Although no drawing or painting by Pieter Brueghel the Elder of this subject has survived, the design of the Peasants' brawl was in all probability his invention. The composition was certainly well-known in his son's lifetime through an engraving by Lucas Vorsterman (fig. 1) of around 1620, which is inscribed 'PIETER BRUEGEL INVENIT' and dedicated to his brother Jan Brueghel the Elder (1568–1625), who very probably owned the original. The larger figures and distinctive facial types are, as Ertz observes, typical of the later works of the elder Bruegel, such as the The peasant and nest robber of 1568 in the Kunsthistorisches Museum in Vienna. The principal group of fighting figures was also copied by Rubens in a drawing today in the Museum Boymans van Beuningen in Rotterdam,2 (fig. 2), and again in a painting that is listed in his own inventory and described as a copy after 'old Bruegel'.3 That painting is probably now lost; a picture formerly in the Gemäldegalerie in Dresden but now destroyed has been advanced as the possible original, and another version formerly in the Tuchler collection was exhibited as the work of Jan Brueghel the Elder with retouchings by Rubens, but this is now considered by Ertz to be the work of Jan Brueghel the Younger.4
This panel is by far the largest of the known versions of this composition to have survived. In his catalogue of the works of Pieter Brueghel the Younger Klaus Ertz lists only ten autograph versions of the design, with dated examples ranging from 1610 to 1622, and the largest three only 75 by 100 cm. Four of these are now in Museums; the Musée Fabre, Montpelier, the Národní Galerie in Prague, the Staatliche Museen in Berlin and the Philadelphia Museum of Art, John G. Johnson collection. This panel is likely to be the latest in date of the known versions. Recent dendrochronological analysis has indicated a likely felling date of circa 1617 and thus a probable use for the panel in the later 1620s. The relationship between the various versions is quite complex, and much argument remains as to what extent Pieter Brueghel the Younger may have worked with his brother or his nephew.5 The landscape backgrounds in the known versions vary a good deal, but that in the present work follows most closely that in the ex-Tuchler version and given the dating of the panel may well be the work of Jan Brueghel the Younger (1601–78).
The attribution to Pieter Brueghel the Younger has been confirmed by Dr. Klaus Ertz on the basis of photographs. Dr. Ertz also confirms that in his opinion the village landscape in the background is the work of Jan Brueghel the Younger.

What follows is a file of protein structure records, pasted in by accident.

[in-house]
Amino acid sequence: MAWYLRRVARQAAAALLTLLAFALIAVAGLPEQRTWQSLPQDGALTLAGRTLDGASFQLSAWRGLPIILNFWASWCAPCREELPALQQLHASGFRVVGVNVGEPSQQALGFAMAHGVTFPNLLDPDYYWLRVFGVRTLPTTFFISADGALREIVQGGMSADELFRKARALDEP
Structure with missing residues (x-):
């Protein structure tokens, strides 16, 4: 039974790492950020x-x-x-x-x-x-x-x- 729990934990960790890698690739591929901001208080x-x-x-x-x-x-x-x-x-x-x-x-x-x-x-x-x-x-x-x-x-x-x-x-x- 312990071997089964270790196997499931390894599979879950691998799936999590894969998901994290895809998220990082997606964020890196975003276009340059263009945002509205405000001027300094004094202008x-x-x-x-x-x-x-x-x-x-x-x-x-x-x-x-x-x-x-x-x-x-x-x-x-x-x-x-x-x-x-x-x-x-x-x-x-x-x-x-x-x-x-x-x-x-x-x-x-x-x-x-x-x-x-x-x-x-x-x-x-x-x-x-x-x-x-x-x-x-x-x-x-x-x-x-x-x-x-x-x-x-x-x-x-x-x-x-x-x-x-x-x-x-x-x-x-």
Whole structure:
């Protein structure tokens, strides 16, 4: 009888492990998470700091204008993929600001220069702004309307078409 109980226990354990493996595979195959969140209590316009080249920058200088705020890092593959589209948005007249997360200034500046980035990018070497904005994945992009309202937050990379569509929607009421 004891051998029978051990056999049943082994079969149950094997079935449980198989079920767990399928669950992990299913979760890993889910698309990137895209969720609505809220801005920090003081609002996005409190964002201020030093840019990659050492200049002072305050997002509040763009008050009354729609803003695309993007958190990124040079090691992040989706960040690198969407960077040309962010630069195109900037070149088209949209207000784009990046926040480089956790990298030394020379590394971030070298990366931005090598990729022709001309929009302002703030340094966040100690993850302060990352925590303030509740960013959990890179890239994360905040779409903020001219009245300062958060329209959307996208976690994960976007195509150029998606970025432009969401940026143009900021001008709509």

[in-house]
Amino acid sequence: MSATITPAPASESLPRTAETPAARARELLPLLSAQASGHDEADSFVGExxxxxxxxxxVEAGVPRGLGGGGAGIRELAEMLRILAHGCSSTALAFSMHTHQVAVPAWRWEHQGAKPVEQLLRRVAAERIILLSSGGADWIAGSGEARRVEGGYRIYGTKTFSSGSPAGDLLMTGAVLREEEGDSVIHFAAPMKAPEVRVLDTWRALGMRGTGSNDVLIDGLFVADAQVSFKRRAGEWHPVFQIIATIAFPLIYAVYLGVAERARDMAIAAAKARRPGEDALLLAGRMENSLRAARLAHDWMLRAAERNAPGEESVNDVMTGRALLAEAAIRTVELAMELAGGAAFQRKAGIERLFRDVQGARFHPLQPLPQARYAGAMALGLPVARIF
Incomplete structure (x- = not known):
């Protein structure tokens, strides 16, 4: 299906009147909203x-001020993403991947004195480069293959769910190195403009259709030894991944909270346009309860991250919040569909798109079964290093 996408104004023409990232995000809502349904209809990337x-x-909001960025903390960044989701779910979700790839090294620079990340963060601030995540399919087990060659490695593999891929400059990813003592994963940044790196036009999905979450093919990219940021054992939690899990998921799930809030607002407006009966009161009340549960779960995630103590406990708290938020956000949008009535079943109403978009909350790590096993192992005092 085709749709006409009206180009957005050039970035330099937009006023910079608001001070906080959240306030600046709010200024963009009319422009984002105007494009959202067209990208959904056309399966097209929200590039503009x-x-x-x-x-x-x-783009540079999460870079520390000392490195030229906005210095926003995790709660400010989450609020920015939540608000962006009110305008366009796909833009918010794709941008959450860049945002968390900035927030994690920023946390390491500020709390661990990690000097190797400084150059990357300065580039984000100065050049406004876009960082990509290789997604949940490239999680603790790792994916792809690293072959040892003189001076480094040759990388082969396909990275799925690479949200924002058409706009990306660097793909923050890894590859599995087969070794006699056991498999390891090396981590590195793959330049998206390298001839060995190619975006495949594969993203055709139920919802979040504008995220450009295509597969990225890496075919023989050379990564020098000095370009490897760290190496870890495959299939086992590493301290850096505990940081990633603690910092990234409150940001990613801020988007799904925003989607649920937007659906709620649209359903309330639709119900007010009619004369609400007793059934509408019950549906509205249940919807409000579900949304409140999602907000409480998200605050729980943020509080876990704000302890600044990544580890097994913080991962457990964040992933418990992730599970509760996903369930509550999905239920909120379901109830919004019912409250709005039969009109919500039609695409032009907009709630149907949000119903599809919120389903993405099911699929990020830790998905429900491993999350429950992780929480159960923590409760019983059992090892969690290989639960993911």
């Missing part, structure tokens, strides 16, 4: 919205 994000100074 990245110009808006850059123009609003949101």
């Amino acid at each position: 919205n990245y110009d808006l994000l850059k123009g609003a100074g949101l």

1. G. Hulin de Loo, Peter Bruegel l'Ancien: Son oeuvre et son temps, Brussels 1907, cited by G. Marlier, Piere Brueghel le jeune, Brussels 1969, p. 265.
2. Inv. V8. Black chalk and wash. A.W.M. F. Meij and M. de Haan, Rubens, Jordaens, Van Dyck and their circle: Flemish Master Drawings from the Museum Boijmans van Beuningen, exh. cat. Rotterdam 2001, pp. 113–14, reproduced in colour.
3. Rubens' inventory of 1640 lists under no. 143: 'A peice of Boores fightinge made after a draught of old Bruegel'. See the Appendix to the exhibition catalogue, A House of Art. Rubens as Collector, Rubenshuis, Antwerp 2004, p. 330. The painting was later acquired by Thomas Howard, Earl of Arundel, and was still part of his widow's estate in 1654.
4. Panel, 97 by 126 cm. Exhibited Antwerp, De Bruegel à Rubens: l'école de peinture anversoise 1550–1650, 1992, no. 73. See also K. Ertz in the catalogue of the exhibition Pieter Brueghel le jeune – Jan Brueghel l'ancien. Une famille de peintres flamands vers 1600, Antwerp, Koninklijk Museen voor Schone Kunsten, 1998, p. 396, under no. 143.
5. For a good discussion of the group see K. Belkin, 'Copies and adaptations from Renaissance and later artists: German and Netherlandish artists', in Corpus Rubeniuanum Ludwig Burchard, no. XXVI vol. I, pp. 189–97, nos. 89–92, vol. 2, plates 255–61.
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